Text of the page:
There was a man standing in the alcove that led out onto the Golden Gallery’s walkway. His attention was fixed on the explosion, which meant he hadn’t seen her yet. At first she thought he was a fire watcher, stationed up the top of St Paul’s to protect it from burning. But, no, this man was a twilight visitor – a man of the dead, not the living – she could tell by his ashen hue. Everything was a muted shade in her world; it was how you could tell the living world from the the world of the dead.
It is 1940 and Flossie Birdwhistle is the turnkey at London’s Highgate Cemetery, charged with keeping the souls that rest there at peace. When London is subject to enemy bombardment every night, this is an even more difficult task than usual. During one raid, when Flossie sets out to fulfill the request of one of her charges, she sees something surprising: a German soldier, who, though as dead as she is, seems to have abilities and interests from the other side of the grave. It is up to Flossie, and her friends, the turnkeys of London’s other cemeteries, to figure what he is up to, and how to stop him.
The Turnkey is an intriguing novel set in the midst of the second world war, populated with ghostly characters, as well as a handful of those still living. the concept of the dead being looked after by one of their own, and of them still carng for the world beyond the grave is appealing, and history lovers will enjoy seeing World War Two London and Germany from a very different angle.
The Turnkey, by Allison Rushby
Walker Books, 2017
Just then, Jack discovered a sodden parcel wedged between the plane’s ribs.
He tore off the string binding and red wax seals. Inside was a bloated leather wallet, bursting with small packages wrapped in tissue. He emptied the contents of one into his calloused hands. What he saw stole his breath away …
As a plane prepares to ferry Dutch refugees out of Java to escape war-torn Java, the captain is passed a valuable package to carry to safety. But the plane is attacked, and crash-lands, the passage temporarily forgotten in the quest for survival. When Jack Palmer, a sailor and beachcomber, comes across the abandoned wreck of the plane he can’t help but be curious about what he might find on board. What he does find is beyond anything he could imagine.
Diamond Jack, the first title in the new History Mysteries series by Mark Greenwood, is a junior novel exploring the events surrounding the crash of a Dakota aircraft and subsequent disappearance of a parcel of diamond on board. Using the known facts and people involved, interwoven with a fictionalised version of what might have happen, the story provides an intriguing glimpse into the past. Young readers will be drawn into the mystery as they also view and learn about a chapter of Australian war history.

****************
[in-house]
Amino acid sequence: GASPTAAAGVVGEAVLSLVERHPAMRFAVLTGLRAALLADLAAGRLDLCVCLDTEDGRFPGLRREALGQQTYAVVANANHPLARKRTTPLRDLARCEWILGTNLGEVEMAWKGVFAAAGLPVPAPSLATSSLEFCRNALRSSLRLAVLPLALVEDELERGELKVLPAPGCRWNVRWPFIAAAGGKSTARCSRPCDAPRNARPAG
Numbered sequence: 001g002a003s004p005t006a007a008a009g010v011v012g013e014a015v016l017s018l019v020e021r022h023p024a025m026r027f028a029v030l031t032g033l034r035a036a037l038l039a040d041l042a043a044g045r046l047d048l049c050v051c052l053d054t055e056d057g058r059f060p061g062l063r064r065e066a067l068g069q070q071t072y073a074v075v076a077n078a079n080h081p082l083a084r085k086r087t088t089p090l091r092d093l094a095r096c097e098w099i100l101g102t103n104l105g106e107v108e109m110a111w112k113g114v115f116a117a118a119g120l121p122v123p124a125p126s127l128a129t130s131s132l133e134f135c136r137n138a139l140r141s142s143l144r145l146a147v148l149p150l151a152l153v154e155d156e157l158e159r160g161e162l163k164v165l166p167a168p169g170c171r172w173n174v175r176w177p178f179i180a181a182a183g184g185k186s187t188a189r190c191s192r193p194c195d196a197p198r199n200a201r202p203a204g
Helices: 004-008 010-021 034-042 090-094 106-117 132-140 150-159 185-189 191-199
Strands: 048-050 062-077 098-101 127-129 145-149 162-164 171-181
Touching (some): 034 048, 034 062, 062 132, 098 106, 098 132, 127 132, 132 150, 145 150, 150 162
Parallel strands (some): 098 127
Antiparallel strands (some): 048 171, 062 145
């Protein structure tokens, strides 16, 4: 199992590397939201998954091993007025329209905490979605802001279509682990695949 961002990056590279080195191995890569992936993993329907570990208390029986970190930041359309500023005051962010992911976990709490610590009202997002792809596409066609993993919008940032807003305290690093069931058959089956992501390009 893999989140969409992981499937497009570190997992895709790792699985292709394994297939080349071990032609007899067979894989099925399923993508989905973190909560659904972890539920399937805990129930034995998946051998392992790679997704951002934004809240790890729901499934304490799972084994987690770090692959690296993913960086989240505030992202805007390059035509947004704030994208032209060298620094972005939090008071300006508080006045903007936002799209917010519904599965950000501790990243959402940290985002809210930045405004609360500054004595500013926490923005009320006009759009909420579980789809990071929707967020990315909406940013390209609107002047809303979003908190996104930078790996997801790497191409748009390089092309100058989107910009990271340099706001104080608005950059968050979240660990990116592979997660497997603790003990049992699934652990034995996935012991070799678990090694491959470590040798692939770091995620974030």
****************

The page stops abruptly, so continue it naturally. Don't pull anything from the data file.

With historical photographs, maps and notes including a timeline, this is history children can connect with.
History Mysteries: Diamond Jack, by Mark Greenwood
Penguin Random House, 2017
But I did, I did! There was no way I was letting go of it. It was my scrapbook, my scrapbook about the little princesses, Elizabeth and Margaret Rose – the one I’d been named after. I’d been keeping it for years, cutting out and sticking in pictures of the little princesses and all their doings from magazines and newspapers. It was very special to me, that scrapbook, and I wasn’t letting go of it for anything.
It was the reason I was still alive.
It is 1940, and Margaret Rose lives in London, far away from her cousin Lizzie in Australia. But when Margaret Rose’s family home is destroyed in an air raid she finds herself bound for Australia on a ship. Lizzie’s family are happy to take Margaret Rose in, but Lizzie isn’t so sure. Her cousin is getting all the attention, and Lizzie’s life is changed by sharing her bedroom and her classmates.
The war takes a little longer to reach Townsville, in Australia’s far north,and Mrgaret Rose is safer there. But as the war rolls on, it also draws closer to Australia, and both girls share the realities of war time life.
Lizzie and Margaret Rose is a story of war, of family and friendship set both in London and in Townsville, as well as on the ship travelling between the two countries. Told in the alternating first person voices of the ten and eleven year old cousins, it provides an inside look at the effects of war, and particularly World War 2, on children and on day to day life.
While thoroughly researched and complemented with back of book notes, the story is front and center rather than being used to string together lots of facts,, making it really satisfying.
Lizzie and Margaret Rose, by Pamla Rushby
Omnibus Books, 2016